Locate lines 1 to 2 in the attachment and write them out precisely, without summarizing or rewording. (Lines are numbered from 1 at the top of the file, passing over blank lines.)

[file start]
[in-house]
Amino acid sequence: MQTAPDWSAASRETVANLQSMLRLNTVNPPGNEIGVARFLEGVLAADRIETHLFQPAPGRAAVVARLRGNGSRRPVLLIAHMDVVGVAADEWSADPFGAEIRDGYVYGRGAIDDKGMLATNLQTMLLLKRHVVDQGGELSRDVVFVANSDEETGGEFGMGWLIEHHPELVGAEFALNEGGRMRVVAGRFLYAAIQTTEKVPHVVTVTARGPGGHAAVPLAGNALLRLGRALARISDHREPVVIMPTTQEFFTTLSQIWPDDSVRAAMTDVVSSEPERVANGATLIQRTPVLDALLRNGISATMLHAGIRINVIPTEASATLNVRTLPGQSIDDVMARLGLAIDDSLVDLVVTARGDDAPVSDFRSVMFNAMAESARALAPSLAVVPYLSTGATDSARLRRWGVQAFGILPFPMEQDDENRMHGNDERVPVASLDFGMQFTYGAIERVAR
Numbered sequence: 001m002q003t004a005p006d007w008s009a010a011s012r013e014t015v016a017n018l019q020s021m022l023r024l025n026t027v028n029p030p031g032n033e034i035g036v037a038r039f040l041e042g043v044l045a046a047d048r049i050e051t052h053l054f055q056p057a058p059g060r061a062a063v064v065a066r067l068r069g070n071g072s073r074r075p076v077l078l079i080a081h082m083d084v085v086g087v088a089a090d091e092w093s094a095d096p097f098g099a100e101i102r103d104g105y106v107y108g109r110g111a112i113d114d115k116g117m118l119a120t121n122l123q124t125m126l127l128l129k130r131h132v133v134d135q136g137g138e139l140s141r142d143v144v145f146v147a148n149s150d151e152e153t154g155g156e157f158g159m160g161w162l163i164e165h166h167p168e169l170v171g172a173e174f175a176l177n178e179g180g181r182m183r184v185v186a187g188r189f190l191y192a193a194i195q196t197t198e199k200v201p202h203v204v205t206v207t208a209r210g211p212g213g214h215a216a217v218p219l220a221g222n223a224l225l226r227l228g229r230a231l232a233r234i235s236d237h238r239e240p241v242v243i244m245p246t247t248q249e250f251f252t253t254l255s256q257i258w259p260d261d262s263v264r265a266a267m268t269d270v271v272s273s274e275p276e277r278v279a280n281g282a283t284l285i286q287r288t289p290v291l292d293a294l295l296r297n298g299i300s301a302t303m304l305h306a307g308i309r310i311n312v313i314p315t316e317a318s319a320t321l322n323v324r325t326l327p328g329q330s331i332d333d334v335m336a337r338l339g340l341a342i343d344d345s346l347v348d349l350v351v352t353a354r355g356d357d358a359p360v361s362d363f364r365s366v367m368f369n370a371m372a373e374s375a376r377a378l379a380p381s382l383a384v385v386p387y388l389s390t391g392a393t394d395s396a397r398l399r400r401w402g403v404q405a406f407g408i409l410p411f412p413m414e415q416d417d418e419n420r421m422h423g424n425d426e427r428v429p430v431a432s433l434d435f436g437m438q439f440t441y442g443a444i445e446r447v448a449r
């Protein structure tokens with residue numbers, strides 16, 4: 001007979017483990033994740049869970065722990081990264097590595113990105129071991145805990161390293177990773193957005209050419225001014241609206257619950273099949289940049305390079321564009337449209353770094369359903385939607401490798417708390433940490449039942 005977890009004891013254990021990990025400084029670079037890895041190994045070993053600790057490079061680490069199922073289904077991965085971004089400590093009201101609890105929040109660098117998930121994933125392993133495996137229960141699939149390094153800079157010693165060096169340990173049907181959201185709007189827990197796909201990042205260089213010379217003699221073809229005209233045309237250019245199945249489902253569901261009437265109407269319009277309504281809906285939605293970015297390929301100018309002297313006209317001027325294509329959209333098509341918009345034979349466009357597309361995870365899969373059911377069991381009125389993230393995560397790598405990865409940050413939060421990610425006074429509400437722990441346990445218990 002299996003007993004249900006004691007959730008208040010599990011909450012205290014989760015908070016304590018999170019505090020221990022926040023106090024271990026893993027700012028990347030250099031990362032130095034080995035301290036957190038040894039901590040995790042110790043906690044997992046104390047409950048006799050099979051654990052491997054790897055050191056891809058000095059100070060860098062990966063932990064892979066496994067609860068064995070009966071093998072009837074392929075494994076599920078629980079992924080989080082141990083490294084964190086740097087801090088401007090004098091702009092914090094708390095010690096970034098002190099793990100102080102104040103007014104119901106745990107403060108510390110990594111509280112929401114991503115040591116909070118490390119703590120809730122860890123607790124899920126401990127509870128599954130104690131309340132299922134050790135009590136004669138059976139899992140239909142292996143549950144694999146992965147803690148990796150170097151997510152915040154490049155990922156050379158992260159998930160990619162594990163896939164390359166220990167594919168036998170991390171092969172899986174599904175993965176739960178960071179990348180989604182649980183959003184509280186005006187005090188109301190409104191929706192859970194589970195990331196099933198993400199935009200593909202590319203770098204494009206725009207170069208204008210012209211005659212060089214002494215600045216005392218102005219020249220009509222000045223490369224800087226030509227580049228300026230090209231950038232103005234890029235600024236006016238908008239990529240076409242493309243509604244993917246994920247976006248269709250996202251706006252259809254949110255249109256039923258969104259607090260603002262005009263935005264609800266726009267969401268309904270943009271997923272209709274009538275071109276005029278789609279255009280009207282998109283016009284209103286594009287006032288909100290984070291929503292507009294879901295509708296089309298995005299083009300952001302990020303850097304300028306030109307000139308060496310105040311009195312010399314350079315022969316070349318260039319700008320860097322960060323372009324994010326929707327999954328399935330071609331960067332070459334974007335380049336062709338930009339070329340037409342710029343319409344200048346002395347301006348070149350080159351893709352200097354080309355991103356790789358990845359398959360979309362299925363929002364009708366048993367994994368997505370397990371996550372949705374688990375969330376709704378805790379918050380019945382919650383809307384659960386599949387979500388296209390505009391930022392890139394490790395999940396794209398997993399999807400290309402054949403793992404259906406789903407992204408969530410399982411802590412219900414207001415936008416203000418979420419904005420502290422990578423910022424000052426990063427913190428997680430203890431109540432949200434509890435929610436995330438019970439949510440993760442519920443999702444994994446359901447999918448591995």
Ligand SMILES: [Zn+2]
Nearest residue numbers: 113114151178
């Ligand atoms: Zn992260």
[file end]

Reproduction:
[in-house]
Amino acid sequence: MQTAPDWSAASRETVANLQSMLRLNTVNPPGNEIGVARFLEGVLAADRIETHLFQPAPGRAAVVARLRGNGSRRPVLLIAHMDVVGVAADEWSADPFGAEIRDGYVYGRGAIDDKGMLATNLQTMLLLKRHVVDQGGELSRDVVFVANSDEETGGEFGMGWLIEHHPELVGAEFALNEGGRMRVVAGRFLYAAIQTTEKVPHVVTVTARGPGGHAAVPLAGNALLRLGRALARISDHREPVVIMPTTQEFFTTLSQIWPDDSVRAAMTDVVSSEPERVANGATLIQRTPVLDALLRNGISATMLHAGIRINVIPTEASATLNVRTLPGQSIDDVMARLGLAIDDSLVDLVVTARGDDAPVSDFRSVMFNAMAESARALAPSLAVVPYLSTGATDSARLRRWGVQAFGILPFPMEQDDENRMHGNDERVPVASLDFGMQFTYGAIERVAR